Dutifully she did, and as 1959 rolled around she fell head over heels for the all new Austin/Morris/Seven/Mini that was being advertised in the press and all the fashion magazines that young girls devoured in the 50s. Mom passed her test in July 1959 aged 17 and fully expected to see a new Mini at Christmas, however.....
My grandparents announced the Mini would have to be delayed because a full 17 years after my mom was born, Nan was pregnant at 44 (this kept the village gossips going for months!). "WHAT?" shrieked my horrified mother, "you mean you and Dad still do that and your both in your 40s? errggghhhhhh"
Following my uncle Clive's arrival on New Years Day 1960, Charlie kept his word and in the summer of 1960 Mom got a nearly new Mini. She was also given strict orders not to drive it over 40mph, because as a grey haired Charlie said (and is now family legend) "Stay below 40 as those little 10" tyres will wear out too fast going around so quick, and I'm not made of money my girl, I have a baby to raise"..
Mining for 30 years between 1929 and 1959 it had taken its toll on his back and Charlie was now Head of Maintenance in the mine workshop. This job was physically less demanding but still kept him at the mine often for 14 hours a day, it also gave him the freedom to visit the pit ponies living at the mine.
It seems for most of his working life he had been sharing his 8 jam sandwiches with the horses/ponies, plus he used to buy them mints and other treats. In the days before animal welfare existed these ponies led a hard life underground, never seeing daylight. The men who cared for them looked after them fondly but all too often if one became sick or elderly it was often put down and a replacement brought in - something Charlie disapproved of.
He managed to rehome several of these ponies with local farmers' children and eventually adopting 3 himself, which grazed on the patch of ground behind my grandparents house. They could also wander off up the mountain with the wild mountain horses, which must have been heaven for them after years of living underground.
As the winter of 1966 approached, Charlie still owned the 1920s Minor Saloon. It had done him proud for 30 years, although in a similar way to 'Triggers Broom' it was on its 3rd gearbox, 2nd axle with many other parts 'knocked up by Charlie in the workshop. My parents were due to marry that November and encouraged him to get another car, but he wouldn't hear of it stating 'plenty of life in the old boy yet ' which proved to be an 'ironic' prediction.
Sometime in the late morning of 21st October, messages started flying around the mine that a landslide had buried a school in the village of Aberfan some 4 miles away. Immediately mining stopped and the workforce ascended to the surface to help with the rescue. A local transport firm brought in buses to help get the men to the disaster site, and Charlie managed to get 6 in the Minor plus a boot full of equipment.
He and hundreds of other miners and villagers spent the next 48 hours digging through the slurry and debris, with family bringing them food and drink to keep them going. Unfortunately no survivors were found after midday the first morning, and what followed was the slow recovery of the bodies of 116 children and 28 adults.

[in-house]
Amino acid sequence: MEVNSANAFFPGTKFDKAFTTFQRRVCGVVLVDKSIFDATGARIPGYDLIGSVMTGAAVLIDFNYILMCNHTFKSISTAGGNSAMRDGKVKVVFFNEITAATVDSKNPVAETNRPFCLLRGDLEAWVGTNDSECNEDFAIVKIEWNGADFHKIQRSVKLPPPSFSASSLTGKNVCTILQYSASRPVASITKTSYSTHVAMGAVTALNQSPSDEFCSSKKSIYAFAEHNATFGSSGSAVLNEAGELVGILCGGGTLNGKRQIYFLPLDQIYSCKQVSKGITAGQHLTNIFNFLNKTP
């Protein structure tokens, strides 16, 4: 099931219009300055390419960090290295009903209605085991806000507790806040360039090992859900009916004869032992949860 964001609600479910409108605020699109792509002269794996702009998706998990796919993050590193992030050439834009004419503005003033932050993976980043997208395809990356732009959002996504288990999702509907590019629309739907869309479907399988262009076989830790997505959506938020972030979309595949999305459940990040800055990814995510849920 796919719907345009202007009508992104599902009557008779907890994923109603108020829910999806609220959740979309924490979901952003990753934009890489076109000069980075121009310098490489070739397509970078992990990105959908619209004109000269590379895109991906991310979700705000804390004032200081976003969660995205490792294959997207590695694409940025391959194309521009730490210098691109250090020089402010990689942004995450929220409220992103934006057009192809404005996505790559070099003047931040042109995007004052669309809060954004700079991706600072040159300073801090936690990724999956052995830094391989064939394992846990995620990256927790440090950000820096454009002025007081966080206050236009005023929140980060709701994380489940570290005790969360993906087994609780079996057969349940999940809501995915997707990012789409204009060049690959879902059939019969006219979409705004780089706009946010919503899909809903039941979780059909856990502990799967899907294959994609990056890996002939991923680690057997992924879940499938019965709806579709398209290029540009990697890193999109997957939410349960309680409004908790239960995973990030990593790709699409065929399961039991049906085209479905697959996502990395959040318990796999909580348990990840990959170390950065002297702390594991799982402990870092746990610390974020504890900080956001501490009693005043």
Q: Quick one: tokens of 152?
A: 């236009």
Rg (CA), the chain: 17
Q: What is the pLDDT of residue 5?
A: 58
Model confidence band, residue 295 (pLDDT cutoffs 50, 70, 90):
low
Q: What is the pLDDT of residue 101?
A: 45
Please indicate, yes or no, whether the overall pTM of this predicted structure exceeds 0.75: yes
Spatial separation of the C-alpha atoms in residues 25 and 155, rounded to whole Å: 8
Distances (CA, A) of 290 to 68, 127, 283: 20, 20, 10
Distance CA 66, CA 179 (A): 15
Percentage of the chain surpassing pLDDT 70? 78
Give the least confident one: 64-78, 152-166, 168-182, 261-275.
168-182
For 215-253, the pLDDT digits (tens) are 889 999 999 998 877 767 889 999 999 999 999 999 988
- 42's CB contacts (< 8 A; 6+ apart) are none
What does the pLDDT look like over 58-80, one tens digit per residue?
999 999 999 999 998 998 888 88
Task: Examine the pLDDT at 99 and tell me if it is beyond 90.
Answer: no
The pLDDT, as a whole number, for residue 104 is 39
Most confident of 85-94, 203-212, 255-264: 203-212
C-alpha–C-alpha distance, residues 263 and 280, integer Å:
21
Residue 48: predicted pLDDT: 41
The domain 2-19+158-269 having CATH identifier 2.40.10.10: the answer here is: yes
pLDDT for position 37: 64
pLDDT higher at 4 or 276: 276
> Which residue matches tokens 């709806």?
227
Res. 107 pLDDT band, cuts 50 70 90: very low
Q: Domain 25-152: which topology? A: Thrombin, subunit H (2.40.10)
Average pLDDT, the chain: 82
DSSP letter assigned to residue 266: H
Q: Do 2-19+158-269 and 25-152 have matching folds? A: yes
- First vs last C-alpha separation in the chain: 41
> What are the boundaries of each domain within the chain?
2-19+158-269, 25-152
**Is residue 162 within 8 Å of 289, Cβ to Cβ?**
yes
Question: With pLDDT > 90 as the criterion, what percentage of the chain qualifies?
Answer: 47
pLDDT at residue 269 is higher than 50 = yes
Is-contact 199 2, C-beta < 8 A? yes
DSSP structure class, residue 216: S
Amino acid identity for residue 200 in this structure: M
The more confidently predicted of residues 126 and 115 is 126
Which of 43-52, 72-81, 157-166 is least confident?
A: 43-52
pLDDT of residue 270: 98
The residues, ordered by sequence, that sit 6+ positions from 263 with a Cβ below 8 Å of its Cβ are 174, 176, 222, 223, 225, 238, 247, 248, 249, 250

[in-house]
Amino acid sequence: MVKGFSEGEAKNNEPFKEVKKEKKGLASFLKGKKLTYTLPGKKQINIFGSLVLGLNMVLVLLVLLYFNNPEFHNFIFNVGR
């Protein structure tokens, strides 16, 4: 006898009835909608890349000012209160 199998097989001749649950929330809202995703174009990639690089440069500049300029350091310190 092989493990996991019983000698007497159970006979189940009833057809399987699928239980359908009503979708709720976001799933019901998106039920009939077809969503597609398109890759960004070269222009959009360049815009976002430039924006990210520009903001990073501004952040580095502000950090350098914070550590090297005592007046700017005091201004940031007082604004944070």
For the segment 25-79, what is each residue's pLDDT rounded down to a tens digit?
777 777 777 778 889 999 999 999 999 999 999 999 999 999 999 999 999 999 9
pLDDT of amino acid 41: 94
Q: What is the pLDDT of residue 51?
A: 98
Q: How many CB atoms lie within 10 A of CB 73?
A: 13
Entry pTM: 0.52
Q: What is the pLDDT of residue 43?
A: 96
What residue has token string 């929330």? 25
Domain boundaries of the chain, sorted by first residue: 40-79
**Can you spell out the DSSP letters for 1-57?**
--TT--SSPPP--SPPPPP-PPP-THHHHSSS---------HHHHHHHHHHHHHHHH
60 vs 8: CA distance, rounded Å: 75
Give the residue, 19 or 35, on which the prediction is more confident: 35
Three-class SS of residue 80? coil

He returned home on the 3rd morning ashen faced, told his family he never wanted to talk about it again and it wasn't to be mentioned in the house. He retired to the spare room saying he needed some peace and quiet and to leave him be. My Grandmother took him some tea the following morning and found him barely conscious.
Charlie had suffered a heart attack in the night aged just 51. He was taken to East Glamorgan hospital where he spent 6 weeks recuperating, the longest time he'd done no work in 36 years and he drove the nurses mad. In the end they transferred him to the Miners Rest Convalescent Home (so they could have some peace no doubt).
Following my parents delayed wedding in December waiting for Charlie to be well enough to attend, he returned to work every day in his old war horse Morris Minor, but on restricted 6 hour days on light duties. He pottered away happily for several more years and looked after his now 5 adopted retired pit ponies.
He retired in 1970 aged 55; my parents were making plans to move to Birmingham over Christmas 1971 with my older brother and sister, and in one last selfless act, Charlie gave up driving and sold his Minor then gave the proceeds plus some extra he'd saved to my parents to put a deposit on their first non rented house in Birmingham.
The family moved to the Sparkhill area of Birmingham in January 72, Charlie passed away just a month later in February and a full 5 years before I was born. My grandmother kept 2 of the ponies after Charlie died and had the last one called ' Ginger right up to 1984. I used to have a sit on him when I was a little kid when we visited, different world back then.
I wish I could have met him. I find him interesting, and if you have read this far I hope you did too. Through hard work and being a generous person he improved the lives of his family and had a positive influence on nearly his whole community and circle of friends.
I find myself writing this some 46 years after he died, proud of him and also the proud owner of a Morris Minor 😀